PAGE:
7:8 To the unmarried and widows I say that it is best for them to remain as I am. 7:9 But if they do not have self-control, let them get married. For it is better to marry than to burn with sexual desire. 1
1 Corinthians 7:26-27Context
7:26 Because of the impending crisis I think it best for you to remain as you are. 7:27 The one bound to a wife should not seek divorce. The one released from a wife should not seek marriage. 2
1 Corinthians 7:34-35Context
7:34 and he is divided. An unmarried woman 3 or a virgin 4 is concerned about the things of the Lord, to be holy both in body and spirit. But a married woman is concerned about the things of the world, how to please her husband. 7:35 I am saying this for your benefit, not to place a limitation on you, but so that without distraction you may give notable and constant service to the Lord.
1 tn Grk “than to burn,” a figure of speech referring to unfulfilled sexual passion.
2 tn Grk “should not seek a wife.”
3 sn In context the unmarried woman would probably refer specifically to a widow, who was no longer married, as opposed to the virgin, who had never been married.
4 tc There are three viable variant readings at this point in the text. (1) The reading ἡ γυνὴ ἡ ἄγαμος καὶ ἡ παρθένος (Jh gunh Jh agamo" kai Jh parqeno", “the unmarried woman and the virgin”) is represented by ancient and important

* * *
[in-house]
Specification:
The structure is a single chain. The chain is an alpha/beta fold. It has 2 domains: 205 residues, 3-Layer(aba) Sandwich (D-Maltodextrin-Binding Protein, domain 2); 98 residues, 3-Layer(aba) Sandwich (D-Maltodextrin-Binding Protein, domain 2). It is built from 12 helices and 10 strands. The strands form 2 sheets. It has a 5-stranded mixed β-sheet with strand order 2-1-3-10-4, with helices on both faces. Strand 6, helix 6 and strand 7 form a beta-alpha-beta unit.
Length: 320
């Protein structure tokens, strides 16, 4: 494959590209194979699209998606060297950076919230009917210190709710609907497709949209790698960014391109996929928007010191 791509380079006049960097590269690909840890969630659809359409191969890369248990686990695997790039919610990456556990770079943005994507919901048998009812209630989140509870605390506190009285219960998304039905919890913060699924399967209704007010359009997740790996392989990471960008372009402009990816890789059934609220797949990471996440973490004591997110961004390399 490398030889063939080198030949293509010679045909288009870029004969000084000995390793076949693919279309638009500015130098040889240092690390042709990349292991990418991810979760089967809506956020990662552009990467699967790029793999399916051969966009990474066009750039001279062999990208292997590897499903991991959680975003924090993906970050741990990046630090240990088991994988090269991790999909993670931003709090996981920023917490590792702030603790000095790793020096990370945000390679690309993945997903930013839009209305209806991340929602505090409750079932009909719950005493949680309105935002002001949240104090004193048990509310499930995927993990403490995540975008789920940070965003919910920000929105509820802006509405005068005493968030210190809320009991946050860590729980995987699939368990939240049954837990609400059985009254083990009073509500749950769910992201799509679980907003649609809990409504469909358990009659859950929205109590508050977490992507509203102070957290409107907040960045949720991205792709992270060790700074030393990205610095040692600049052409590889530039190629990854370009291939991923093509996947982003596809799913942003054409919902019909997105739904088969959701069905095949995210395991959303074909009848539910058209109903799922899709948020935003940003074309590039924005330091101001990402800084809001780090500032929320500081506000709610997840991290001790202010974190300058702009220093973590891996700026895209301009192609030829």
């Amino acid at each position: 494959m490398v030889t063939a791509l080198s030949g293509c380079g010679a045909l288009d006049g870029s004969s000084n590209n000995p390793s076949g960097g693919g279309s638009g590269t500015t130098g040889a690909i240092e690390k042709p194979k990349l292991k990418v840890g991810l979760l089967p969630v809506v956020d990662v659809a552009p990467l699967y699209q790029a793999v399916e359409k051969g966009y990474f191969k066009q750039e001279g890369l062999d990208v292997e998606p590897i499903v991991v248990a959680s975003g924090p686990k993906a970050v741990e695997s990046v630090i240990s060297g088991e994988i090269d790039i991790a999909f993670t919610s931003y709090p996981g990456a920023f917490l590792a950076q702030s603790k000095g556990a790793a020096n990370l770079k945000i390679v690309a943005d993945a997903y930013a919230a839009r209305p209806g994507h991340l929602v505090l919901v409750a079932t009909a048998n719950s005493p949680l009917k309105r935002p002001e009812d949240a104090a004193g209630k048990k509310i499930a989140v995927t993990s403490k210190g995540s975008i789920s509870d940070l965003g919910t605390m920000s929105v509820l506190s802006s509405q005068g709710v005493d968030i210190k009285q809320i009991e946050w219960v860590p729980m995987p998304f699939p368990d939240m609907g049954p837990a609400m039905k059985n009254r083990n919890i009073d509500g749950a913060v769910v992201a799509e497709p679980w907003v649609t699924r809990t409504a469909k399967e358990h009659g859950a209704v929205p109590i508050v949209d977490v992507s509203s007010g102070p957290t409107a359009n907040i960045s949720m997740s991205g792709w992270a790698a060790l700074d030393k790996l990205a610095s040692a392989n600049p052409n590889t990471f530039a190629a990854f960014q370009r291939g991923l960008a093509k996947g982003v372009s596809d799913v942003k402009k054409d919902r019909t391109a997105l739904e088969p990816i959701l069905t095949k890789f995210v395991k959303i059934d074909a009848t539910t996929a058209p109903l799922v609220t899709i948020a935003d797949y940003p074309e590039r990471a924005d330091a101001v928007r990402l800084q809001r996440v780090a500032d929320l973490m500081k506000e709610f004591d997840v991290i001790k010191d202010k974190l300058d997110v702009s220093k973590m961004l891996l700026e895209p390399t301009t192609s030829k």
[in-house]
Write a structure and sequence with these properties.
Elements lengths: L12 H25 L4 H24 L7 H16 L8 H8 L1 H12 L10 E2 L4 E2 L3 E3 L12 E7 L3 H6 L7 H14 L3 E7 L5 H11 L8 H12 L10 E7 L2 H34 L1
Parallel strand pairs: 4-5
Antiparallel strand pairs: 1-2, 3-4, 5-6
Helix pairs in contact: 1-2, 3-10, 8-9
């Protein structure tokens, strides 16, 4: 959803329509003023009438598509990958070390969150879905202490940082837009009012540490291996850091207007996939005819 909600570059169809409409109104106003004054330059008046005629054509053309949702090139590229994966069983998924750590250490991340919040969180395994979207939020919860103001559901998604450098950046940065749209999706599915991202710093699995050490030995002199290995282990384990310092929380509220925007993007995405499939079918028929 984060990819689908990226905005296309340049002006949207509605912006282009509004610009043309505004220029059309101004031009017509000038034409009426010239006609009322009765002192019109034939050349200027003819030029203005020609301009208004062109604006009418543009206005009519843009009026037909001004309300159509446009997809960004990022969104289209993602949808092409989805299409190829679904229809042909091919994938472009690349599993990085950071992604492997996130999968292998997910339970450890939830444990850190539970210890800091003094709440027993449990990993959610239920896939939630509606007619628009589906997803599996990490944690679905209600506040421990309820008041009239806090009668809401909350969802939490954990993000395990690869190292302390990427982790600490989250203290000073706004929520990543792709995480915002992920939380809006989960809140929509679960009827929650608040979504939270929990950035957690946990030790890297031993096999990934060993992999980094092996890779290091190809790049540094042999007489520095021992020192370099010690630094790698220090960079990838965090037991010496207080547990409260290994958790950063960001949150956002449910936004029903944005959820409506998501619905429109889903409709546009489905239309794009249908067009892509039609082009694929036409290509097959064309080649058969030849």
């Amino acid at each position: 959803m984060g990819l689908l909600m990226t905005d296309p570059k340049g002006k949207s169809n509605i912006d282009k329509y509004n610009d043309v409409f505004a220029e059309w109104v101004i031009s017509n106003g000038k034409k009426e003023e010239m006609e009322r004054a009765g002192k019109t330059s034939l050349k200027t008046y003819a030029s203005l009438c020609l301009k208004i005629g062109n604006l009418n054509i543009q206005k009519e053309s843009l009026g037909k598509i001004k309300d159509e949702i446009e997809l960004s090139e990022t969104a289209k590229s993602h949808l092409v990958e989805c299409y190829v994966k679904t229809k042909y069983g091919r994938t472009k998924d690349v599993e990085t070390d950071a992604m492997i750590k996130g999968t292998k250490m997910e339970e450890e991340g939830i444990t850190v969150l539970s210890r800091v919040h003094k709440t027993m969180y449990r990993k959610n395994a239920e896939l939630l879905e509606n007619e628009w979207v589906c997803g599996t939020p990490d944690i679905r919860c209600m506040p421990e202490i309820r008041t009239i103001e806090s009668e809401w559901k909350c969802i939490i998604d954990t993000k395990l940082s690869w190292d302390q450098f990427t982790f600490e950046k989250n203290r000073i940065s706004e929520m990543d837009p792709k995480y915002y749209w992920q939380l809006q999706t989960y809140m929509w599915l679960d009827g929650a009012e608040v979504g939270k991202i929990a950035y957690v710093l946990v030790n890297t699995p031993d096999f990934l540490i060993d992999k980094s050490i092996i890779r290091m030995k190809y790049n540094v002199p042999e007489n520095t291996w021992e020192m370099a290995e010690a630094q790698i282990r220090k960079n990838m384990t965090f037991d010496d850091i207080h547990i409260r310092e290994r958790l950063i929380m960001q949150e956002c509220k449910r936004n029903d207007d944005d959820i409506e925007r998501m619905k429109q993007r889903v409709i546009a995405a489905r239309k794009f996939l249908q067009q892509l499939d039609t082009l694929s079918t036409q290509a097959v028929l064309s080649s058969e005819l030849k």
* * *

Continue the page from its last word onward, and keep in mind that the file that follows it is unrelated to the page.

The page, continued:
tn Grk “The unmarried woman and the virgin.” The identity of the “virgin” here is a matter of interpretation (see note on “people who have never married” in v. 25 for discussion), which has in fact contributed to textual variation at this point in the text (see the text critical note above). As far as the translation is concerned, one must determine if one group of women or two are in view. It is possible that Paul means to refer to only one class of women here, namely unmarried virgins, but the use of the adjective ἡ ἄγαμος (Jh agamo", “unmarried”) with “woman” and not “virgin” precludes that interpretation; in addition, the use of the article with both “woman” and “virgin” implies that two distinct groups are in view. If two groups are in view, English would more naturally use the conjunction “or” to indicate the distinction. Thus the translation “An unmarried woman or a virgin” has been used to make clear that two groups are in view.